Many seem to fail to understand what a Company is. Some say they have a company but do not. Some get the accountant to set one up but never really understand what they have created. You should not leave these things to any professional but make sure you as the business owner you understand the details.
1. What is a Company?
It is a newly created legal entity separate from any person .
It is created through Companies House and is given a registered number, address and at least one appointed Director
2. What is the difference from being a sole trader where you are James Brown trading as Preston Homes and being Preston Homes Ltd.
James Brown is personally liable for all debts incurred by Preston Homes. Creditors can take his home and make him bankrupt.
A Company is subject to far more rulesand regulations than a sole trader regarding how the business is run and what tax is paid.
If James Brown is a Director of Preston Homes he is an employee subject to PAYE even if it is his business and he is the sole shareholder and director.
3. Why do accountants tend to advise a new business owner to start as a sole trader?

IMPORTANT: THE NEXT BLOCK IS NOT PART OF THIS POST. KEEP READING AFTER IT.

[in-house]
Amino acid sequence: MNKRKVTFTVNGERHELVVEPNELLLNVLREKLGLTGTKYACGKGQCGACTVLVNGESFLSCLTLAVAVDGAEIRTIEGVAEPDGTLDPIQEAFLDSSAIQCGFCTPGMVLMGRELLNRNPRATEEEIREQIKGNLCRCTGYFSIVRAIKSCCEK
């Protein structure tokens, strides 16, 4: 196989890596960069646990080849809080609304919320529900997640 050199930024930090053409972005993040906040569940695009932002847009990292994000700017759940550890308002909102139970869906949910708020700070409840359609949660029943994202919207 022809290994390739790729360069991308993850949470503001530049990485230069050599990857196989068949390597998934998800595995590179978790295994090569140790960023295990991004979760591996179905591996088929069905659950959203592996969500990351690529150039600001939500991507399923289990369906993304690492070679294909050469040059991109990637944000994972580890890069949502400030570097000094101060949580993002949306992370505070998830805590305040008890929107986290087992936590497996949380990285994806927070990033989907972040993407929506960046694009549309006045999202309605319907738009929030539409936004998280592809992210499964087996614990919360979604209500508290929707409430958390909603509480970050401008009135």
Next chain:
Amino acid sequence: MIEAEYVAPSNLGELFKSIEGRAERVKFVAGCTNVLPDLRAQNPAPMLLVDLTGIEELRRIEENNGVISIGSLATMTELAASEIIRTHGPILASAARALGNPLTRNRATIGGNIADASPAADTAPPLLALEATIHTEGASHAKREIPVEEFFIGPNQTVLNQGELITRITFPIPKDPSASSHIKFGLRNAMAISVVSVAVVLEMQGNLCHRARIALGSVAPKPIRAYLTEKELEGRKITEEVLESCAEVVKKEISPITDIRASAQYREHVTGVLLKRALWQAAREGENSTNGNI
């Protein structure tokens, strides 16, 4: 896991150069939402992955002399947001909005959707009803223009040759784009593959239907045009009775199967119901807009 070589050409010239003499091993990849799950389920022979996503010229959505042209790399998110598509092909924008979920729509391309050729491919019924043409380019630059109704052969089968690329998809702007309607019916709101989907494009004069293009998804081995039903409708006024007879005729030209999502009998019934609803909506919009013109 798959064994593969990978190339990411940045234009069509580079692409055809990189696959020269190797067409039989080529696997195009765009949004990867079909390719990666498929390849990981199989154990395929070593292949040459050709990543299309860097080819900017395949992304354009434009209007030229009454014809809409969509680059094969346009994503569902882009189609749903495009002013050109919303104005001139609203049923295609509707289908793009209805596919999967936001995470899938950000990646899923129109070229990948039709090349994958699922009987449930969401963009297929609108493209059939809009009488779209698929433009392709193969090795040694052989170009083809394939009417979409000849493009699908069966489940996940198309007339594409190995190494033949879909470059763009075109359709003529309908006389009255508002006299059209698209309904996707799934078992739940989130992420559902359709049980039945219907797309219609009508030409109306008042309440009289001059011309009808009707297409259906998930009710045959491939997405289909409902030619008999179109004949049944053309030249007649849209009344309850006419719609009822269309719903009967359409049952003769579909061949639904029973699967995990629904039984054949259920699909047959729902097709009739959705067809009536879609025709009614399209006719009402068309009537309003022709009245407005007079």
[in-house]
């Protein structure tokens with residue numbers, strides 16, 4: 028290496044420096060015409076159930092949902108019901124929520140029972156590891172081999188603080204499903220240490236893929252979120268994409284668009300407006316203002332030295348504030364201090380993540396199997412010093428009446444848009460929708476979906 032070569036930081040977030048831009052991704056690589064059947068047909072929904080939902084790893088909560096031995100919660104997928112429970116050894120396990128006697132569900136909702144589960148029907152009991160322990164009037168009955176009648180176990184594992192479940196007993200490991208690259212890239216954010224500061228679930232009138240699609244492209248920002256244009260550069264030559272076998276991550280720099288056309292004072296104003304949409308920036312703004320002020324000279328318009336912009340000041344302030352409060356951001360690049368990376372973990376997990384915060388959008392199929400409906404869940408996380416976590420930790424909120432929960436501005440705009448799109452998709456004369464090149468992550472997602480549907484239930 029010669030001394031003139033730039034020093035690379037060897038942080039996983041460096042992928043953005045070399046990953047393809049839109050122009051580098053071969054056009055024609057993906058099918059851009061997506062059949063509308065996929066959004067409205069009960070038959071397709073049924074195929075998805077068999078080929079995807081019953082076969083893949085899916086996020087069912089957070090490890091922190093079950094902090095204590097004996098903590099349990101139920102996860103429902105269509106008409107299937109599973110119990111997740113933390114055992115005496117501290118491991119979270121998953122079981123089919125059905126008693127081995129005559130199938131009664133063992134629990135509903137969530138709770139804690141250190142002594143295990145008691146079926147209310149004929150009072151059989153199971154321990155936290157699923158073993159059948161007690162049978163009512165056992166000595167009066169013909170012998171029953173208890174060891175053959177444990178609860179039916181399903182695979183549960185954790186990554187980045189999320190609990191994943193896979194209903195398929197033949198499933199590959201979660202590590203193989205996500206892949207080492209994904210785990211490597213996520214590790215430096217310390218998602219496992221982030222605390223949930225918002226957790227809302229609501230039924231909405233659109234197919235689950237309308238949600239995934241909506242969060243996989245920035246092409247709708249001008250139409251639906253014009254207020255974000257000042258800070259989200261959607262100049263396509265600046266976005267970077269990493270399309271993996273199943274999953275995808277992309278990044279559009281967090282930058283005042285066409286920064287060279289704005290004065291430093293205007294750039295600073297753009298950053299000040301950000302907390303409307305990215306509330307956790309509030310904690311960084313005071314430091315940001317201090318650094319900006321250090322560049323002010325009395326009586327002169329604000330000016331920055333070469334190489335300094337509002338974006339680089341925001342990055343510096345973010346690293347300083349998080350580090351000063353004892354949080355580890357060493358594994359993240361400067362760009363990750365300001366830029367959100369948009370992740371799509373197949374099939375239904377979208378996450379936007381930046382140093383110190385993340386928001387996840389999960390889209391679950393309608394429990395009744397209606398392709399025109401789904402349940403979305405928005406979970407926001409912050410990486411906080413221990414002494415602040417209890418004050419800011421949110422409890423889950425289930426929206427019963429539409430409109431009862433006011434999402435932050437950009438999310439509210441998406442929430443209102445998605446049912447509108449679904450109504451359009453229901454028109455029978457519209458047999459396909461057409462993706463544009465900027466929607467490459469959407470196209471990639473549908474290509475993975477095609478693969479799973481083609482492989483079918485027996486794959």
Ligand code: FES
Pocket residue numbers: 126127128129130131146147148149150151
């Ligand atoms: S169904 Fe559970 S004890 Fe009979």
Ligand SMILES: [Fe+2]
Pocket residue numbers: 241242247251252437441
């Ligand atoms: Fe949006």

The record keepingand tax rules are easier.
The tax payable is likely to be lower. A sole trader completes a self assessment tax return setting expenses against income and pays tax on income above their personal allowance. A company pays corporation tax on its profits. The directors are subject to PAYE. Dividends are only tax free up to £2000.PA.
4. What should a business owner choose?
It is a choice for each business owner to take on the individual facts in each case.
The benefit if limited liability for the owner should be balanced against the lower costs and tax benefits of being a sole trader.
They should consider how risky the business is. This is from the inherent nature of the business being carried out eg medical businesses are generally more risky than making cardboard boxes.
This is also how well funded and generally financially sound the business is. You should have a cash flow forecast to make sure you do not run out of money . You should also complete a plan to see that the business product or service is itself very profitable or just marginally so.
You should consider your own circumstances. a single person may be more willing to take a risk than someone with a family.
Ask your accountant what your tax position will be as a sole trader and a company then balance these against the benefit of having limited liability.
5. What legal matters should you consider if there is more than one Director or Shareholder?
Directors as employees need agreement setting out what their role is and what their reimbursments will be
Shareholders need an Agreement setting out what their roles will be , what is done if they wish to sell their shares or a dispute. If you have 50% of the shares each you need a mechanism if you disagree so the business does not grind to a halt.
Every Business Owner needs to know and understand these things. It is your business.